Strathcona Gardens arena upgrade on budget

Upgrades to Campbell River's aging Rod Brind’Amour Arena are underway

Upgrades to aging Rod Brind’Amour Arena are underway and on budget, according to the regional district.

Campbell River lacrosse teams have been playing home games on the smaller, recreational rink at Strathcona Gardens because the cement slab that sits under the sheet ice has been taken out.

Josie Rohne, facility manager at Strathcona Gardens, said the $1.1 million project is going along smoothly.

“Over the past four weeks, there has been good progress with the replacement of the slab and boards at the Brind’Amour Arena,” Rohne said. “The arena boards have been removed and work has commenced on the new slab.”

Once construction is complete, the arena will shrink in size by eight inches – four inches per side.

“This would be done by placing the boards on top of the slab which would create a more efficient but smaller ice surface,” Rohne said. “After communicating with BC Hockey, Hockey Canada and various user groups it was confirmed that Strathcona Gardens would still qualify to host the events that we currently run but we wouldn’t qualify for National Championships, Worlds or Olympic qualifying events, which we wouldn’t be able to host (currently) because of our seating capacity.”

In an update on the arena project to the Strathcona Gardens Commission, Rohne said the sand, insulation and rebar is now all in place and the brine lines have been laid. Concrete was poured last week.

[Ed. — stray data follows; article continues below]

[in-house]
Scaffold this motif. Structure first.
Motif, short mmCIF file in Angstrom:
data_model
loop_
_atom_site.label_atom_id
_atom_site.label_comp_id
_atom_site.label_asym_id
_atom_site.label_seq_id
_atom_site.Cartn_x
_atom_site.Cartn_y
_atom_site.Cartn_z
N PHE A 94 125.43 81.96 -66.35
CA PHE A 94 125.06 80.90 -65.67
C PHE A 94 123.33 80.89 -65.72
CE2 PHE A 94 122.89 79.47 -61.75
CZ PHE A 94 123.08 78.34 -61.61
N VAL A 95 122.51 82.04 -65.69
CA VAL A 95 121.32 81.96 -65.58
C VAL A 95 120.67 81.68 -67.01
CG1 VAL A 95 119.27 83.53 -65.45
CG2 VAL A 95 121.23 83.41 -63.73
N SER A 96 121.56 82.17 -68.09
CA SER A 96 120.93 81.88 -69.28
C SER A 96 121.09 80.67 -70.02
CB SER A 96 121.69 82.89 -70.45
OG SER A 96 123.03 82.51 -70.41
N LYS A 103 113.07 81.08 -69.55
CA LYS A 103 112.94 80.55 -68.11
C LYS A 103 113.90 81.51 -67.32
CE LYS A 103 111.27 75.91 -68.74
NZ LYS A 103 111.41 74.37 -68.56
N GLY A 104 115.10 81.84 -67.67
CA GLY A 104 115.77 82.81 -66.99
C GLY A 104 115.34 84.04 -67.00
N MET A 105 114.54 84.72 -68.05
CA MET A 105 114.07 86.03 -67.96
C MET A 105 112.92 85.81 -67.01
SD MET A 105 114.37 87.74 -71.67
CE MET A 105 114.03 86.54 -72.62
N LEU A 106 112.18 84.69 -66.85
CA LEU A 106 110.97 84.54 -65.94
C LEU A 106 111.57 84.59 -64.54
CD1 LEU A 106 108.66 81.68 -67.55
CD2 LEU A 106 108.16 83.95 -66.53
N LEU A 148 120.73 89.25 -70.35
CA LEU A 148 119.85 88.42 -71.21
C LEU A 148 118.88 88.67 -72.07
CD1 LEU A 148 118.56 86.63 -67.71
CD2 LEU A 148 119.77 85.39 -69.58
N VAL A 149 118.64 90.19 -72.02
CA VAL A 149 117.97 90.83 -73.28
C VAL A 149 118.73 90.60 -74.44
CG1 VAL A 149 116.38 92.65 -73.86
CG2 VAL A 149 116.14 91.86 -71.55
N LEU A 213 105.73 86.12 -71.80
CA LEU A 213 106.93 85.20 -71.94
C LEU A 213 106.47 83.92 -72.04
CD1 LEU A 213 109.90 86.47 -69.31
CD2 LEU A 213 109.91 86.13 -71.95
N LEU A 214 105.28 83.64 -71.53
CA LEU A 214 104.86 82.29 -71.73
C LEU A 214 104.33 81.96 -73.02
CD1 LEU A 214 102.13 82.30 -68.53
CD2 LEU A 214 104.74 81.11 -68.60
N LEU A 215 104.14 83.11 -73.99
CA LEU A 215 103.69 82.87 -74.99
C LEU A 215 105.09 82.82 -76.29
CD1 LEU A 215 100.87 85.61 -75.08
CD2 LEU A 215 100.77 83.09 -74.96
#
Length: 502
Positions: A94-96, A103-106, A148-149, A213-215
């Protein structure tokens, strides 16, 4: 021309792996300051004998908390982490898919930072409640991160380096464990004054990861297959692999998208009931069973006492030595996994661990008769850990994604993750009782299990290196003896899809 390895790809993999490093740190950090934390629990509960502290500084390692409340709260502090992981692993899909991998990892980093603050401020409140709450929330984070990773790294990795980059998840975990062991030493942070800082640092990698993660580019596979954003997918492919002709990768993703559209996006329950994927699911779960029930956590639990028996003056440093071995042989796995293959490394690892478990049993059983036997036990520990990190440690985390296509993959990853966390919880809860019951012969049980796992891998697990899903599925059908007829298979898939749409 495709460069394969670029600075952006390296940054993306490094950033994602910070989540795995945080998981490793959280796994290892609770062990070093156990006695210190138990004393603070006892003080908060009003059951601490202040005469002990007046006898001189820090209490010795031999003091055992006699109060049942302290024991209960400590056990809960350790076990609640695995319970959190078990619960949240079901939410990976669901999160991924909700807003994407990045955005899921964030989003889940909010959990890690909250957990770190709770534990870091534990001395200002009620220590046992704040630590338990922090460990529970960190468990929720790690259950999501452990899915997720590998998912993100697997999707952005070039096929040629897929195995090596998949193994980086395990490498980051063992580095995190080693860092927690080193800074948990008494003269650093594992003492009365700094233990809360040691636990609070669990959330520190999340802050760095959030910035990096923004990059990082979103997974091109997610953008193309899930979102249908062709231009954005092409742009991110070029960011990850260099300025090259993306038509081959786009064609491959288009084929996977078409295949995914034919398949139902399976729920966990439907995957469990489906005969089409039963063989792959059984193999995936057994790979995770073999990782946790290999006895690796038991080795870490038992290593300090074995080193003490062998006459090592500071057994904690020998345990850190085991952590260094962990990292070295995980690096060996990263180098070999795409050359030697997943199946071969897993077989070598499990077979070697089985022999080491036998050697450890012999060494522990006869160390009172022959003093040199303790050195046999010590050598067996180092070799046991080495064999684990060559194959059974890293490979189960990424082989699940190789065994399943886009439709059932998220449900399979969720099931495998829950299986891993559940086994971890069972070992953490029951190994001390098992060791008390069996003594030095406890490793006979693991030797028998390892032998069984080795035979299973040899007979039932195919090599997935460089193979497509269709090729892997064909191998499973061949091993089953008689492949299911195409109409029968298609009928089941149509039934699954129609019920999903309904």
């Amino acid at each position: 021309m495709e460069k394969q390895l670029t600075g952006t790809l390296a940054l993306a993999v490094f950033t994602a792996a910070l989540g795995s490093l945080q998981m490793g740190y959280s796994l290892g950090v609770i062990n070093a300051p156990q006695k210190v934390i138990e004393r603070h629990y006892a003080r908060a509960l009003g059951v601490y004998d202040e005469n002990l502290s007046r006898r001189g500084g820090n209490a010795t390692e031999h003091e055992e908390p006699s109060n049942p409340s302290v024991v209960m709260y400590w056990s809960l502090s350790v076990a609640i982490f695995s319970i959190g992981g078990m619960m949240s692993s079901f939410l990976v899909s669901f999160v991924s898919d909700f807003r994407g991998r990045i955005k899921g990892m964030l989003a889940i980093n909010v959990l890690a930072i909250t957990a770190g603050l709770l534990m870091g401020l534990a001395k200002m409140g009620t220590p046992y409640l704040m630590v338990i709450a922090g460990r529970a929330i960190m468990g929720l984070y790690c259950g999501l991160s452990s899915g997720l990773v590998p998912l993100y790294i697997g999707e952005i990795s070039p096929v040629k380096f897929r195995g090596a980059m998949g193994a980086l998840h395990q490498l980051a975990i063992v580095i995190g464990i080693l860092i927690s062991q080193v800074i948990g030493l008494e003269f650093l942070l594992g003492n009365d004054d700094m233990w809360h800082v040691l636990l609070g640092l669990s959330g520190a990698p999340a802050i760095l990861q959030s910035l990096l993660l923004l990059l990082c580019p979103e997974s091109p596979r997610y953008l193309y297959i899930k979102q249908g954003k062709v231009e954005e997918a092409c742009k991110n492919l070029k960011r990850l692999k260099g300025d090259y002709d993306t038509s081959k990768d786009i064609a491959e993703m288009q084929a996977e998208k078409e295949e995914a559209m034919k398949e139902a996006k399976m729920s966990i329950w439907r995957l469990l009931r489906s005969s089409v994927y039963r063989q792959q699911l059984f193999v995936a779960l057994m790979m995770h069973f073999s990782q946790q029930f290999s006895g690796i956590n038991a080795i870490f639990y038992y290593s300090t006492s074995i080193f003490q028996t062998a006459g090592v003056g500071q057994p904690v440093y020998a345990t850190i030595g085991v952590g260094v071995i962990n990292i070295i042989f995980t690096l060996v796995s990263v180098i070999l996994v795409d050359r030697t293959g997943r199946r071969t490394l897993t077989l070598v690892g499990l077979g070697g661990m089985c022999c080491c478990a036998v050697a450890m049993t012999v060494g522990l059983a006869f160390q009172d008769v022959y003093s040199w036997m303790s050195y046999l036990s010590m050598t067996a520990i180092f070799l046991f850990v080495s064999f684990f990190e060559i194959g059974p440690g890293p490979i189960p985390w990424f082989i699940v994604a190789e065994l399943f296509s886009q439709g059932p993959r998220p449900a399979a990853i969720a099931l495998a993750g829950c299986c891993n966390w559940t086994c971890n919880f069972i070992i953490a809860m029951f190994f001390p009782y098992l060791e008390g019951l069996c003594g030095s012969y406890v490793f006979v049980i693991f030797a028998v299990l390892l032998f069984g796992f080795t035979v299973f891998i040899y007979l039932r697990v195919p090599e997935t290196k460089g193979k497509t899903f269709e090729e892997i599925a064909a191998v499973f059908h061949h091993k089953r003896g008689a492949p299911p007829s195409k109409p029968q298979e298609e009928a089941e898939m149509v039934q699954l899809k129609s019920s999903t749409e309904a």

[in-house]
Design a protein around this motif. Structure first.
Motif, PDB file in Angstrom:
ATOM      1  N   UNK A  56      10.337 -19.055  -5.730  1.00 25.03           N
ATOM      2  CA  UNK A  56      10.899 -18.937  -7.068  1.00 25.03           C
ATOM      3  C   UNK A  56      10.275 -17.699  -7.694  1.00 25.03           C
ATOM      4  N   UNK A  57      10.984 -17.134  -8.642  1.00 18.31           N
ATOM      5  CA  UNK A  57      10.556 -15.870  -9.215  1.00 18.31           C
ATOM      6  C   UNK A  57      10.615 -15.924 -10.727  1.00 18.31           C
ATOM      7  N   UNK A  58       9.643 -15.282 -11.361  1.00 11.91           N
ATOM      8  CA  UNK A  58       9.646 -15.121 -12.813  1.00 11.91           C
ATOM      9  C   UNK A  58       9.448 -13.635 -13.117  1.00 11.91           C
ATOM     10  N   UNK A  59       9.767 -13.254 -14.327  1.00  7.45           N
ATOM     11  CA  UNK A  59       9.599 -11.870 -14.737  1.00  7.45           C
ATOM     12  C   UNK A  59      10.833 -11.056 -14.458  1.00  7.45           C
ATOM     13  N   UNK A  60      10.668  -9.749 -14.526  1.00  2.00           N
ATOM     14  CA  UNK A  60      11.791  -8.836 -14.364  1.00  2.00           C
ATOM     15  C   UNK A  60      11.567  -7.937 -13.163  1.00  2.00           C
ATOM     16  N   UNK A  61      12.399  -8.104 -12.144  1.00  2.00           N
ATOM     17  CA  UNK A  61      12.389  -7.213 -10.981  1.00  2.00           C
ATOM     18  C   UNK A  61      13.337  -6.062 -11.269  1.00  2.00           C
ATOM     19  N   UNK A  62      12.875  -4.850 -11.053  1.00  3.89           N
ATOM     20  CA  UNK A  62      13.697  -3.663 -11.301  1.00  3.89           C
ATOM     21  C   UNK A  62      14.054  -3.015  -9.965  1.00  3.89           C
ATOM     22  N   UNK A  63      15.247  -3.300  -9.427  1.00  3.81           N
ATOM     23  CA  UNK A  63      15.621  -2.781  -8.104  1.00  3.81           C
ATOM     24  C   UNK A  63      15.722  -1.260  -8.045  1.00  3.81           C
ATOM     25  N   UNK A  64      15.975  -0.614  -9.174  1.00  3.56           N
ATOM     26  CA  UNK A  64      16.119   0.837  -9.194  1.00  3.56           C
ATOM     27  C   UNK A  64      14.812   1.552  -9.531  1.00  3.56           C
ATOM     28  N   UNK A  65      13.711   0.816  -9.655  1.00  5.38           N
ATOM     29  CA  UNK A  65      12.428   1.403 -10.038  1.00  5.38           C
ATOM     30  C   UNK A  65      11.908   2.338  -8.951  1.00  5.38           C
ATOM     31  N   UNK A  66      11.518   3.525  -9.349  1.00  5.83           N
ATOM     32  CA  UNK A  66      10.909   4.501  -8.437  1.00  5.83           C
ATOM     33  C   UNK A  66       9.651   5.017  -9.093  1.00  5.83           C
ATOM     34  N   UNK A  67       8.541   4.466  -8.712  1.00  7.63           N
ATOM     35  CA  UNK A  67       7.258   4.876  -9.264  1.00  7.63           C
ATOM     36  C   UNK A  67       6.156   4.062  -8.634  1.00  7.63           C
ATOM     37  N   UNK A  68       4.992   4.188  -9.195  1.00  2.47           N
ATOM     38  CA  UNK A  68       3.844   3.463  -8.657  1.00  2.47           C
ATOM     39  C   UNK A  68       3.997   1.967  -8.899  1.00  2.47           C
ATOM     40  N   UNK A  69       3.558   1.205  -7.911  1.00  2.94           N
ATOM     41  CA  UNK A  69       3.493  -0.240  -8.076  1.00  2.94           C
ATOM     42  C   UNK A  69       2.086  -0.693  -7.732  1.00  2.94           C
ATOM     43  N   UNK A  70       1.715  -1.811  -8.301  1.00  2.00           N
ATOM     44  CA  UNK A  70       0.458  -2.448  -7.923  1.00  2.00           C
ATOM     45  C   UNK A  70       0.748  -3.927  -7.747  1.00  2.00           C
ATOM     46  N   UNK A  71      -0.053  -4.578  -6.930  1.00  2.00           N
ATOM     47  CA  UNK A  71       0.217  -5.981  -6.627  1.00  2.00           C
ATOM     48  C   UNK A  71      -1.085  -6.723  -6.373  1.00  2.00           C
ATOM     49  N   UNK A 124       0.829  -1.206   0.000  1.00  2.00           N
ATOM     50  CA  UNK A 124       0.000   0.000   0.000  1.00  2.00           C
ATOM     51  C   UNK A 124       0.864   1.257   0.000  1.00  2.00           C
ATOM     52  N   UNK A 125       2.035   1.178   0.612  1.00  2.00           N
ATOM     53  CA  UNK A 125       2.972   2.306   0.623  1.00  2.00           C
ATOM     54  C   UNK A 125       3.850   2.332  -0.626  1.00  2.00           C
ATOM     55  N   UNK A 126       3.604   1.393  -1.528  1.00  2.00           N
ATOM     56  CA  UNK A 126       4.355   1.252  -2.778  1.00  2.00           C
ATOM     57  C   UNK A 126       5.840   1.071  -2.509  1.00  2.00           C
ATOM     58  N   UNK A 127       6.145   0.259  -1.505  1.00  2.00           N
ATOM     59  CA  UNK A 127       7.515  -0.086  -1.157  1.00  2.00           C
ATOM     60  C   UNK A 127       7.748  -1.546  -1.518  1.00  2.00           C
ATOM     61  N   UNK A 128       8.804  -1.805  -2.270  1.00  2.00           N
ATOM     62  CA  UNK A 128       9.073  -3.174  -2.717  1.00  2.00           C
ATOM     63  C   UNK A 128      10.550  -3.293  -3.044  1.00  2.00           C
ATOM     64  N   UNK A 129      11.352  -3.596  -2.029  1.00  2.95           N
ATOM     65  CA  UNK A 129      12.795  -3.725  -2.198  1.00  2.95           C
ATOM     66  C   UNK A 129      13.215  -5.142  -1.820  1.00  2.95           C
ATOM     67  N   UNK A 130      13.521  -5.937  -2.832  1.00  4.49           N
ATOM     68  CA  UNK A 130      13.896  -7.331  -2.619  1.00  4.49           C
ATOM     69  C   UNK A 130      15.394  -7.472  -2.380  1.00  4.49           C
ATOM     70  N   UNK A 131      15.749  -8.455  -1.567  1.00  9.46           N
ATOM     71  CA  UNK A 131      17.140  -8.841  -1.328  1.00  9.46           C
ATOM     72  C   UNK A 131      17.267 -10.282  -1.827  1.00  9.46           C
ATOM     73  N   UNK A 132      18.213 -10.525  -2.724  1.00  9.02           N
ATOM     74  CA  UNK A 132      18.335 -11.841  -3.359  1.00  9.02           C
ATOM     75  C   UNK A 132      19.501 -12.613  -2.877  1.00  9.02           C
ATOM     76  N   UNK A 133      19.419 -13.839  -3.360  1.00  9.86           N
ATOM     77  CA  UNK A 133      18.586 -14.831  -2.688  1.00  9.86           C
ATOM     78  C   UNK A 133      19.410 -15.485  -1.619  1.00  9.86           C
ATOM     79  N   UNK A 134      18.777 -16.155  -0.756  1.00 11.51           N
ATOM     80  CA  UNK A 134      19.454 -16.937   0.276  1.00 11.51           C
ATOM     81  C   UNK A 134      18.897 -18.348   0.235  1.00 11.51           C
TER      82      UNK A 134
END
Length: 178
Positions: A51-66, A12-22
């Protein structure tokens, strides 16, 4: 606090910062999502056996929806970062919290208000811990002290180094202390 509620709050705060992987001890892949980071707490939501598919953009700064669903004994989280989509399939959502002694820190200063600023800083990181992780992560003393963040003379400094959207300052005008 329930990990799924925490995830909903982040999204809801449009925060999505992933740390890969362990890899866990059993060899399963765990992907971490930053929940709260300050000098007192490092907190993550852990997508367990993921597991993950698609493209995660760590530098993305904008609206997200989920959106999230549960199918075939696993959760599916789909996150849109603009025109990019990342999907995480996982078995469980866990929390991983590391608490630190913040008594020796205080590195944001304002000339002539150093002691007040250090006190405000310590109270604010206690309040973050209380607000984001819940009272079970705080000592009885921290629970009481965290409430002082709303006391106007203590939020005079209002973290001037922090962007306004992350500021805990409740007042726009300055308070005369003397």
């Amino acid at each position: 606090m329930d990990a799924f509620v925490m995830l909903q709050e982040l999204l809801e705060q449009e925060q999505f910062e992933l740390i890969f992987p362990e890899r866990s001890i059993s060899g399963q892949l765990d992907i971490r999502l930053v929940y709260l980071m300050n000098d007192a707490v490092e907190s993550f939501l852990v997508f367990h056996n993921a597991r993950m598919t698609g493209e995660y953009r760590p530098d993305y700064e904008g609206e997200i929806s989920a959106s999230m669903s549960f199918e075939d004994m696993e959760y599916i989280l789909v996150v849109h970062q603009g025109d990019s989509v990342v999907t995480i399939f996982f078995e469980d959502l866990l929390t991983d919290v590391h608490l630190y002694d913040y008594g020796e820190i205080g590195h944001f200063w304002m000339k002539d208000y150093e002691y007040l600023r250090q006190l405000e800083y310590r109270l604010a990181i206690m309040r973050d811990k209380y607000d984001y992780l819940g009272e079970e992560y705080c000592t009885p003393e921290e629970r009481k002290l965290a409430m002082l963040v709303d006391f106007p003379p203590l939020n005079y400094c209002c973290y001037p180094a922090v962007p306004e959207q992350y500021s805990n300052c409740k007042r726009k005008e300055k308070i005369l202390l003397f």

“The arena project is currently on time and on budget and the renovation has not interfered with the day-to-day business at the facility,” Rohne said.

The Strathcona Regional District budgeted $64,000 for project management and $904,200 for the arena floor and dasher board system in the 2013 budget.

The regional district had applied last year for a $400,000 grant from the $30 million B.C. Community Recreation Fund for some help with the project, but the application was denied.

Regional directors voted to proceed with the project despite the rejection as the clock was ticking.

Rohne had told directors that if repairs were not done soon, the concrete slab under the ice would fail making it impossible to make ice. There was also a large crack running across the floor that had been filled in with deteriorating material.

“Not proceeding with this project has the potential of loss of revenues and employment for many of our staff,” Rohne said at the time. “Not to say the implications of the ice cancellations to both minor hockey groups and adult hockey.

“Our Jr. B hockey club (the Campbell River Storm) would be affected and that would also have an effect on the Island Jr. (league) as a whole.”